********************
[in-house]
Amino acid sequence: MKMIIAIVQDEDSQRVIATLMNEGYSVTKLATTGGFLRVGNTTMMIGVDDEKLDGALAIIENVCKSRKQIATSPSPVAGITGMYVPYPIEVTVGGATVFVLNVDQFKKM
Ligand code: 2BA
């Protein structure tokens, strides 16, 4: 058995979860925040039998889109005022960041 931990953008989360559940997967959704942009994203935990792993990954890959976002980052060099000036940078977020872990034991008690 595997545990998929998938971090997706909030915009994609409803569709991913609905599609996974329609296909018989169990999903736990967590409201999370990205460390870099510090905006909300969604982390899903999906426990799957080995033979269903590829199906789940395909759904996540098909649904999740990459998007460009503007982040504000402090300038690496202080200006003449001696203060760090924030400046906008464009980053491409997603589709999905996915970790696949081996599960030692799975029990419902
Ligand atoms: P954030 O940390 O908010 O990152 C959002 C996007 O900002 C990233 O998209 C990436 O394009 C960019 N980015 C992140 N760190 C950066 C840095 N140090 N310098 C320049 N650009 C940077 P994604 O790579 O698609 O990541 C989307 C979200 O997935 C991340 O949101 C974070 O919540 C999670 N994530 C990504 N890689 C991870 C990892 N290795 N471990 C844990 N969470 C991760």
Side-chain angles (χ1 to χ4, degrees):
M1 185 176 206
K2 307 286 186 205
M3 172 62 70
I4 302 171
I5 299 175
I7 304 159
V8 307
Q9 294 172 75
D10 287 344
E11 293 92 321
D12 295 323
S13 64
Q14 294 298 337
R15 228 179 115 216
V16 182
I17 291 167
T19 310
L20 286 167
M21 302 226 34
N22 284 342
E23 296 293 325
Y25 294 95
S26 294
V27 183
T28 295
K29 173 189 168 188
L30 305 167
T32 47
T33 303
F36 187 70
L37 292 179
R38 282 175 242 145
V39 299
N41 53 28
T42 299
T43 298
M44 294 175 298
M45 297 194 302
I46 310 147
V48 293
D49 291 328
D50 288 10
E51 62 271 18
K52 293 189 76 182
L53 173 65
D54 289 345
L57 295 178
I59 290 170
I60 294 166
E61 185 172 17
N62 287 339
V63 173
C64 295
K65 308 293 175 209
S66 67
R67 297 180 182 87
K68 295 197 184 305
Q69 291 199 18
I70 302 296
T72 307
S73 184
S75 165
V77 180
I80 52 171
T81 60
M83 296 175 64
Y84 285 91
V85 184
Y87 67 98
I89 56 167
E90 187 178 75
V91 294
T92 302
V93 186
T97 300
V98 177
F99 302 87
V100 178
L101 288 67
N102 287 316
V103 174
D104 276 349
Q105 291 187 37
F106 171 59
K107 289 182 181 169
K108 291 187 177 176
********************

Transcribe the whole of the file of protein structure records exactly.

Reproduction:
[in-house]
Amino acid sequence: MKMIIAIVQDEDSQRVIATLMNEGYSVTKLATTGGFLRVGNTTMMIGVDDEKLDGALAIIENVCKSRKQIATSPSPVAGITGMYVPYPIEVTVGGATVFVLNVDQFKKM
Ligand code: 2BA
């Protein structure tokens, strides 16, 4: 058995979860925040039998889109005022960041 931990953008989360559940997967959704942009994203935990792993990954890959976002980052060099000036940078977020872990034991008690 595997545990998929998938971090997706909030915009994609409803569709991913609905599609996974329609296909018989169990999903736990967590409201999370990205460390870099510090905006909300969604982390899903999906426990799957080995033979269903590829199906789940395909759904996540098909649904999740990459998007460009503007982040504000402090300038690496202080200006003449001696203060760090924030400046906008464009980053491409997603589709999905996915970790696949081996599960030692799975029990419902
Ligand atoms: P954030 O940390 O908010 O990152 C959002 C996007 O900002 C990233 O998209 C990436 O394009 C960019 N980015 C992140 N760190 C950066 C840095 N140090 N310098 C320049 N650009 C940077 P994604 O790579 O698609 O990541 C989307 C979200 O997935 C991340 O949101 C974070 O919540 C999670 N994530 C990504 N890689 C991870 C990892 N290795 N471990 C844990 N969470 C991760």
Side-chain angles (χ1 to χ4, degrees):
M1 185 176 206
K2 307 286 186 205
M3 172 62 70
I4 302 171
I5 299 175
I7 304 159
V8 307
Q9 294 172 75
D10 287 344
E11 293 92 321
D12 295 323
S13 64
Q14 294 298 337
R15 228 179 115 216
V16 182
I17 291 167
T19 310
L20 286 167
M21 302 226 34
N22 284 342
E23 296 293 325
Y25 294 95
S26 294
V27 183
T28 295
K29 173 189 168 188
L30 305 167
T32 47
T33 303
F36 187 70
L37 292 179
R38 282 175 242 145
V39 299
N41 53 28
T42 299
T43 298
M44 294 175 298
M45 297 194 302
I46 310 147
V48 293
D49 291 328
D50 288 10
E51 62 271 18
K52 293 189 76 182
L53 173 65
D54 289 345
L57 295 178
I59 290 170
I60 294 166
E61 185 172 17
N62 287 339
V63 173
C64 295
K65 308 293 175 209
S66 67
R67 297 180 182 87
K68 295 197 184 305
Q69 291 199 18
I70 302 296
T72 307
S73 184
S75 165
V77 180
I80 52 171
T81 60
M83 296 175 64
Y84 285 91
V85 184
Y87 67 98
I89 56 167
E90 187 178 75
V91 294
T92 302
V93 186
T97 300
V98 177
F99 302 87
V100 178
L101 288 67
N102 287 316
V103 174
D104 276 349
Q105 291 187 37
F106 171 59
K107 289 182 181 169
K108 291 187 177 176